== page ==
Venues: Building better together to help solve Taranaki facility challenges

Friday, Jun 07 2024

Venues: Building better together to help solve Taranaki facility challenges

Andrew Moffat

There is great potential in Taranaki to solve pressing challenges by working together across the community, the new independent chair of the Taranaki Facilities Consortium says.

Andrew Turner chaired his first meeting of the Consortium in Hāwera recently as part of a two-day visit meeting key funders and council representatives around the region.

The Taranaki Facilities Consortium (TFC) is underpinned by the Collaborating for Active Spaces & Places Strategy, includes nine partners focussed on supporting the development of quality sport, active recreation and play facilities. It aims to foster collaboration, accessibility and sustainability in facility planning development.

Turner, as an experienced governance professional with a focus on economic development, was drawn to the role by its potential for positive impact. Serving as a community board member, councillor, and deputy mayor in Christchurch in the aftermath of the earthquakes, he has experienced the power of community partnerships first hand. The large-scale destruction caused by the earthquakes created a need to repair, rebuild and replace facilities, with projects and partnerships spanning multiple sporting codes, facilities providers, councils, central government, and philanthropic funding partners.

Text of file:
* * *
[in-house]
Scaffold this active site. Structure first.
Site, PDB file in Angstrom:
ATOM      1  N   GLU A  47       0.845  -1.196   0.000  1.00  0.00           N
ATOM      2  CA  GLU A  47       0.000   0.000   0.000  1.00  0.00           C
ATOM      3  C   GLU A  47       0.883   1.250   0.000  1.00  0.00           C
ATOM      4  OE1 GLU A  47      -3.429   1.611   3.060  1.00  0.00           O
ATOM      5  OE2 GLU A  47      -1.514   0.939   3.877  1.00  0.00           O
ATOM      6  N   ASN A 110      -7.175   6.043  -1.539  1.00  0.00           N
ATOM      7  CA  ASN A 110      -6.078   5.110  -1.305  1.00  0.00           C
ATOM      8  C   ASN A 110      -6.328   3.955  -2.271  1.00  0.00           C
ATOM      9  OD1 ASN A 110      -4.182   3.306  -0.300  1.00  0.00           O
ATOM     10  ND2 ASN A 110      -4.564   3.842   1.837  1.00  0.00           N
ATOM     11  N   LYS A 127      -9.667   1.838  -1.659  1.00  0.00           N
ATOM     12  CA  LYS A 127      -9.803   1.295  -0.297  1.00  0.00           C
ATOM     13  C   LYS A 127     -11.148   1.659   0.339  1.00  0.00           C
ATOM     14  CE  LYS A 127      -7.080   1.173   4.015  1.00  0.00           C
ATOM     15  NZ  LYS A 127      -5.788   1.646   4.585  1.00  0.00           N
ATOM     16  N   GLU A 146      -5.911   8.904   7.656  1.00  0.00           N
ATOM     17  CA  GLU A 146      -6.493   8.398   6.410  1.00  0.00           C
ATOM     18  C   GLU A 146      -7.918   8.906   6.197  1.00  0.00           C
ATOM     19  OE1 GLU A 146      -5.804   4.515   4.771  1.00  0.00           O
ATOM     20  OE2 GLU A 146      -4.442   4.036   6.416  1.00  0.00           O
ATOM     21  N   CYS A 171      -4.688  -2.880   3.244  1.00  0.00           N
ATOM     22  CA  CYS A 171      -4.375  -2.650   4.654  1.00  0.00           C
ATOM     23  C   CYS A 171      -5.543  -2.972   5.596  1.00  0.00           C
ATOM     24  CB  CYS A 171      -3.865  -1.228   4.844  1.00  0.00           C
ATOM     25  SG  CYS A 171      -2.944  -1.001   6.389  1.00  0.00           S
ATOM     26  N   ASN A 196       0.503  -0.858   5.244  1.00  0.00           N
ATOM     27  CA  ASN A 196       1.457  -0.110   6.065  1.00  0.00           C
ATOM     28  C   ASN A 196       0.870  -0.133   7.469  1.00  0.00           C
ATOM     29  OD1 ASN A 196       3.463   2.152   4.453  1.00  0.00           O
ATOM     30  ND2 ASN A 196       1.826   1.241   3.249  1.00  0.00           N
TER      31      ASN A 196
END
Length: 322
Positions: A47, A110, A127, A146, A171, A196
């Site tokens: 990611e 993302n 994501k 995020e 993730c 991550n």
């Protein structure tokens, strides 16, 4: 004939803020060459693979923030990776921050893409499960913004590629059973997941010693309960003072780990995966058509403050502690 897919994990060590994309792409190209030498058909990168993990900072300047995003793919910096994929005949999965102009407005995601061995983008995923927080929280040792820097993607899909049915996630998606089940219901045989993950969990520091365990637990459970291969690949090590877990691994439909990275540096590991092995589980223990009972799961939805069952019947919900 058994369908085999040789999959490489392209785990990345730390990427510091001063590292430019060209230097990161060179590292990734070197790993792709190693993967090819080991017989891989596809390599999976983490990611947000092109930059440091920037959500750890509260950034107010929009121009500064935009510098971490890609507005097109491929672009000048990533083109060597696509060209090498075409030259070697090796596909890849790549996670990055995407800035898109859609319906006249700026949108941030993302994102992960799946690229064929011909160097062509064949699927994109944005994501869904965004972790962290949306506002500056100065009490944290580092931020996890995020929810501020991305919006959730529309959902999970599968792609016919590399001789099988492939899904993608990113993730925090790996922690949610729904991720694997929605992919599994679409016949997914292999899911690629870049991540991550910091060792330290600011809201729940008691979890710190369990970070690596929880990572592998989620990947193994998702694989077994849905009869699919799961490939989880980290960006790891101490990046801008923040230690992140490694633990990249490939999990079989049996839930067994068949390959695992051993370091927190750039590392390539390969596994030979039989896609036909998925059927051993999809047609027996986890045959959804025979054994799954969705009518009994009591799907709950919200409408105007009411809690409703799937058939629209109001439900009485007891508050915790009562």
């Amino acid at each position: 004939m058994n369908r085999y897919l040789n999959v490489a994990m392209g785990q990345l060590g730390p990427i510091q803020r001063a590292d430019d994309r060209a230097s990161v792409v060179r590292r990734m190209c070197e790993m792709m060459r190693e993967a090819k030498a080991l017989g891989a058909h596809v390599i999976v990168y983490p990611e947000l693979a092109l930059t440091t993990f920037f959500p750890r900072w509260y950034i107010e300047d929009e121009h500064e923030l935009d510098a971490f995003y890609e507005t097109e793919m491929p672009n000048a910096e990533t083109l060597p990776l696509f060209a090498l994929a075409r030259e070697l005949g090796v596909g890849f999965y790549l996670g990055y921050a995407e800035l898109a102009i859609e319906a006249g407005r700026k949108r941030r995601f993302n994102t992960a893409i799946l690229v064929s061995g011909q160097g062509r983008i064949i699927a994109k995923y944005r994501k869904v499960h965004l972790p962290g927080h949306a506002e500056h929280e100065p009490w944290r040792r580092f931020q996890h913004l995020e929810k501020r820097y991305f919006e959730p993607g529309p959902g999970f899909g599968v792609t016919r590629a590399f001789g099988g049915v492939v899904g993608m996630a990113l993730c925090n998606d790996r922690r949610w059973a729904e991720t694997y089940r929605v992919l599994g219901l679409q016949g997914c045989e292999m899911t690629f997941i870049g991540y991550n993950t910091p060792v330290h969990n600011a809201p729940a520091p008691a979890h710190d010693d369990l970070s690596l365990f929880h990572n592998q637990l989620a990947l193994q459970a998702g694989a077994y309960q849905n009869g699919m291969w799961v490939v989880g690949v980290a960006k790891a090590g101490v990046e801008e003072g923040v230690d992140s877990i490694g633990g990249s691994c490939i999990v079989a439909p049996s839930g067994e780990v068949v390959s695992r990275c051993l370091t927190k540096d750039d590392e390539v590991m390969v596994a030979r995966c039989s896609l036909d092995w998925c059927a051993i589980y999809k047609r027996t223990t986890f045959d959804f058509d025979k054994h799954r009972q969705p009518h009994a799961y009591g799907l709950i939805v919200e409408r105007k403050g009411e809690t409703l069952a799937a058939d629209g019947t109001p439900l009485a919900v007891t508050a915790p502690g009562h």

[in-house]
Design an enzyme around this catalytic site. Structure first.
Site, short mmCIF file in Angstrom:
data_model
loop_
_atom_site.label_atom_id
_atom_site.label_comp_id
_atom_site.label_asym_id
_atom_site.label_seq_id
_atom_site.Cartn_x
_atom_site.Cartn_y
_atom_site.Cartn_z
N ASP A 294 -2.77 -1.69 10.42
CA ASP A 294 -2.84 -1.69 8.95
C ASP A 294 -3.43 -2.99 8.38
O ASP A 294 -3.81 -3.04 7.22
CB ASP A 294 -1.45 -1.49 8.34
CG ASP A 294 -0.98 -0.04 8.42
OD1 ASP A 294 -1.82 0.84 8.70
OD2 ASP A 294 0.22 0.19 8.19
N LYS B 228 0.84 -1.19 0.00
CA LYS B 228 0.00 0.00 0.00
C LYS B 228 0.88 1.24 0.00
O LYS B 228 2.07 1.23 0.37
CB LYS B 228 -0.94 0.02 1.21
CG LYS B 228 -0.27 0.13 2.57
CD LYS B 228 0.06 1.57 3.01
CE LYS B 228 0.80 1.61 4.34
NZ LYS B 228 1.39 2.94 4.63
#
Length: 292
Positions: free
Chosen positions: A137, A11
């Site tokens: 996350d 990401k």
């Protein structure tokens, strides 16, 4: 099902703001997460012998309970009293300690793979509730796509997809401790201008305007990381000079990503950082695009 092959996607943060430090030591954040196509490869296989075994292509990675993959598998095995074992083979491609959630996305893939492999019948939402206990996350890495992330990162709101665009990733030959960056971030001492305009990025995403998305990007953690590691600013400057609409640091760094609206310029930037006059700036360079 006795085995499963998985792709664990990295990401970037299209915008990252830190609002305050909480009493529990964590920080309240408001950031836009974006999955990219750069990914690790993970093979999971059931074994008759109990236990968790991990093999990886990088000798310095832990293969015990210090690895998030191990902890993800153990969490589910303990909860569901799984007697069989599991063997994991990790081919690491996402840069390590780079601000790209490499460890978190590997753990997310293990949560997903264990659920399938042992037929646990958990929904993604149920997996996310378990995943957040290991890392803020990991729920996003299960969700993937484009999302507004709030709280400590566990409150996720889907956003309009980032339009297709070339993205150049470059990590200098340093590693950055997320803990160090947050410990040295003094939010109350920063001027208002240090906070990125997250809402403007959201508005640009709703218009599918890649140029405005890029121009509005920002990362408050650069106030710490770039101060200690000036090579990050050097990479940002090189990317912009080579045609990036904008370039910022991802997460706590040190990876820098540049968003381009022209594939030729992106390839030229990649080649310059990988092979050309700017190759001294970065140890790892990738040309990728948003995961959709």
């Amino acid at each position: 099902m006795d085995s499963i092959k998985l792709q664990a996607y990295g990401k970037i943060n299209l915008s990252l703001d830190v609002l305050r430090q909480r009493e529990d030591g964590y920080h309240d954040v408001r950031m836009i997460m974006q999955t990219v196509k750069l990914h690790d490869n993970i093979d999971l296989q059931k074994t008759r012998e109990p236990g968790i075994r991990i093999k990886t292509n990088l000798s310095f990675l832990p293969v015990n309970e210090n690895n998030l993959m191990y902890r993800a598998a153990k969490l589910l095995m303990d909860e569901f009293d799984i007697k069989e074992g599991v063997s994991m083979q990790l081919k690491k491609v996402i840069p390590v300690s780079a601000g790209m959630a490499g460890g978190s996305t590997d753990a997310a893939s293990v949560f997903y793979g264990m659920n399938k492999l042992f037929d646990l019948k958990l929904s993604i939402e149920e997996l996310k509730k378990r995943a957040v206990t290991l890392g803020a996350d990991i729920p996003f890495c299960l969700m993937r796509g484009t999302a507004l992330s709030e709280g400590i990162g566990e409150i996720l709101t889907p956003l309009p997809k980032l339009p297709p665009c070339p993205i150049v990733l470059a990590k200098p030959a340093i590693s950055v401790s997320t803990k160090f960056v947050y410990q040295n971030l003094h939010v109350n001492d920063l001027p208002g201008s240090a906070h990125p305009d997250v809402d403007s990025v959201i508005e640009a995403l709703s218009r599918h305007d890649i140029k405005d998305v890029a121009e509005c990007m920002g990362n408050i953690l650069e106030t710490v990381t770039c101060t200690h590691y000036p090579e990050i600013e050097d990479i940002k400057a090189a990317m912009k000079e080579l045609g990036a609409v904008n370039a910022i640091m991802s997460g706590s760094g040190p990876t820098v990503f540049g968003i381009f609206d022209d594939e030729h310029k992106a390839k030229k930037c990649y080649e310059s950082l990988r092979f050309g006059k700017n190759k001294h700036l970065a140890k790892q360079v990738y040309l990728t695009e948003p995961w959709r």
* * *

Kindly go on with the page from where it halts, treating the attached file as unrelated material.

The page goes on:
“We really were working on partnership projects on a grand scale, making sure that we took the opportunity not just to build back, but to build back better.”

The potential of the TFC to help co-ordinate projects is also very significant and the group wants to work alongside projects early, ideally when they are at the concept stage. Projects working with the TFC benefit from strategic advice on potential partners and the shape of the project. They are also then on the radar of potential funders, he says.

“I think it’s really exciting - this is really about how when people work together, we can achieve so much more. In an environment where there is limited funding and great need, this is the way that we are really going to get maximum benefit for the community.”

Turner, who stepped down from local body politics in 2022, is currently also the Chair of Te Toi Mahana, Wellington City Council’s Community Housing Trust, and is Independent Chair of SmartGrowth, the Western Bay of Plenty’s Urban Development Partnership. Having an independent chair in place helps bring together the strengths of different organisations with a fresh perspective and no preconceptions, he says.

“There are some huge opportunities to create hubs, and for sporting codes, facilities providers and funders to come together and to work in a co-ordinated way. I do see great opportunity here.” Learn more about the Taranaki Facilities Consortium here: